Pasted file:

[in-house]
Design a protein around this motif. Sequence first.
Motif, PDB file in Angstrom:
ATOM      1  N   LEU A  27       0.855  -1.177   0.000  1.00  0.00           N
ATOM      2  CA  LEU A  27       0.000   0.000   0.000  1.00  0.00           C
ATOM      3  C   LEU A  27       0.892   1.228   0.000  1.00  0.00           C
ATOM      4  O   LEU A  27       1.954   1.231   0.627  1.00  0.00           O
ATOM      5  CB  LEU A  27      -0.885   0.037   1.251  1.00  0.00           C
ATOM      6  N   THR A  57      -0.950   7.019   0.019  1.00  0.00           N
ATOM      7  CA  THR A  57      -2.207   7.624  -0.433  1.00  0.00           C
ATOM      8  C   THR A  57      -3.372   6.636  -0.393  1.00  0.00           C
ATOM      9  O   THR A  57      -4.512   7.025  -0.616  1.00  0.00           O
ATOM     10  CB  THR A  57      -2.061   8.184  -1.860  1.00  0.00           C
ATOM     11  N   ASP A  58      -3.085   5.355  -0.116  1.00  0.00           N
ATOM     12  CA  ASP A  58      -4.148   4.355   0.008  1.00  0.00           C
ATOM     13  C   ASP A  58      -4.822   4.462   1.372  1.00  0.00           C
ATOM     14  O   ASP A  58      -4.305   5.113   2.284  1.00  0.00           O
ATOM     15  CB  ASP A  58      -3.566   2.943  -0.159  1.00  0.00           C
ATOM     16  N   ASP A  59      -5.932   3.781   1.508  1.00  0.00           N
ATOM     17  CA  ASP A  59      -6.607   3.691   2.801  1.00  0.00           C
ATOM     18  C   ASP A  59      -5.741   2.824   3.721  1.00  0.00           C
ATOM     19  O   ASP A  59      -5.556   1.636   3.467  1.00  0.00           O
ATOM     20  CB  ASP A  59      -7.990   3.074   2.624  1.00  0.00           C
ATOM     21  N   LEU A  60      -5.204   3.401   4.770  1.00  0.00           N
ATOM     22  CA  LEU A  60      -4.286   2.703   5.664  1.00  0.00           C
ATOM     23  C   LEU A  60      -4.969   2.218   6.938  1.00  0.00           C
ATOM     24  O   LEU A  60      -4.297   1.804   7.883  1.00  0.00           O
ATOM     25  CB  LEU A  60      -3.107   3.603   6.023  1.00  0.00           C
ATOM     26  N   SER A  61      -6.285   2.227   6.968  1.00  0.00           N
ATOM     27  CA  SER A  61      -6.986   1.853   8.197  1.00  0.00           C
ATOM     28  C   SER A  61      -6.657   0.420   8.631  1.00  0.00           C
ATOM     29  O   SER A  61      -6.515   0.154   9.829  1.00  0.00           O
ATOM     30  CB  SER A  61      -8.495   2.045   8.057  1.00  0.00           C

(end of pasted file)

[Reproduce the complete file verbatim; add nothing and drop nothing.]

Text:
[in-house]
Design a protein around this motif. Sequence first.
Motif, PDB file in Angstrom:
ATOM      1  N   LEU A  27       0.855  -1.177   0.000  1.00  0.00           N
ATOM      2  CA  LEU A  27       0.000   0.000   0.000  1.00  0.00           C
ATOM      3  C   LEU A  27       0.892   1.228   0.000  1.00  0.00           C
ATOM      4  O   LEU A  27       1.954   1.231   0.627  1.00  0.00           O
ATOM      5  CB  LEU A  27      -0.885   0.037   1.251  1.00  0.00           C
ATOM      6  N   THR A  57      -0.950   7.019   0.019  1.00  0.00           N
ATOM      7  CA  THR A  57      -2.207   7.624  -0.433  1.00  0.00           C
ATOM      8  C   THR A  57      -3.372   6.636  -0.393  1.00  0.00           C
ATOM      9  O   THR A  57      -4.512   7.025  -0.616  1.00  0.00           O
ATOM     10  CB  THR A  57      -2.061   8.184  -1.860  1.00  0.00           C
ATOM     11  N   ASP A  58      -3.085   5.355  -0.116  1.00  0.00           N
ATOM     12  CA  ASP A  58      -4.148   4.355   0.008  1.00  0.00           C
ATOM     13  C   ASP A  58      -4.822   4.462   1.372  1.00  0.00           C
ATOM     14  O   ASP A  58      -4.305   5.113   2.284  1.00  0.00           O
ATOM     15  CB  ASP A  58      -3.566   2.943  -0.159  1.00  0.00           C
ATOM     16  N   ASP A  59      -5.932   3.781   1.508  1.00  0.00           N
ATOM     17  CA  ASP A  59      -6.607   3.691   2.801  1.00  0.00           C
ATOM     18  C   ASP A  59      -5.741   2.824   3.721  1.00  0.00           C
ATOM     19  O   ASP A  59      -5.556   1.636   3.467  1.00  0.00           O
ATOM     20  CB  ASP A  59      -7.990   3.074   2.624  1.00  0.00           C
ATOM     21  N   LEU A  60      -5.204   3.401   4.770  1.00  0.00           N
ATOM     22  CA  LEU A  60      -4.286   2.703   5.664  1.00  0.00           C
ATOM     23  C   LEU A  60      -4.969   2.218   6.938  1.00  0.00           C
ATOM     24  O   LEU A  60      -4.297   1.804   7.883  1.00  0.00           O
ATOM     25  CB  LEU A  60      -3.107   3.603   6.023  1.00  0.00           C
ATOM     26  N   SER A  61      -6.285   2.227   6.968  1.00  0.00           N
ATOM     27  CA  SER A  61      -6.986   1.853   8.197  1.00  0.00           C
ATOM     28  C   SER A  61      -6.657   0.420   8.631  1.00  0.00           C
ATOM     29  O   SER A  61      -6.515   0.154   9.829  1.00  0.00           O
ATOM     30  CB  SER A  61      -8.495   2.045   8.057  1.00  0.00           C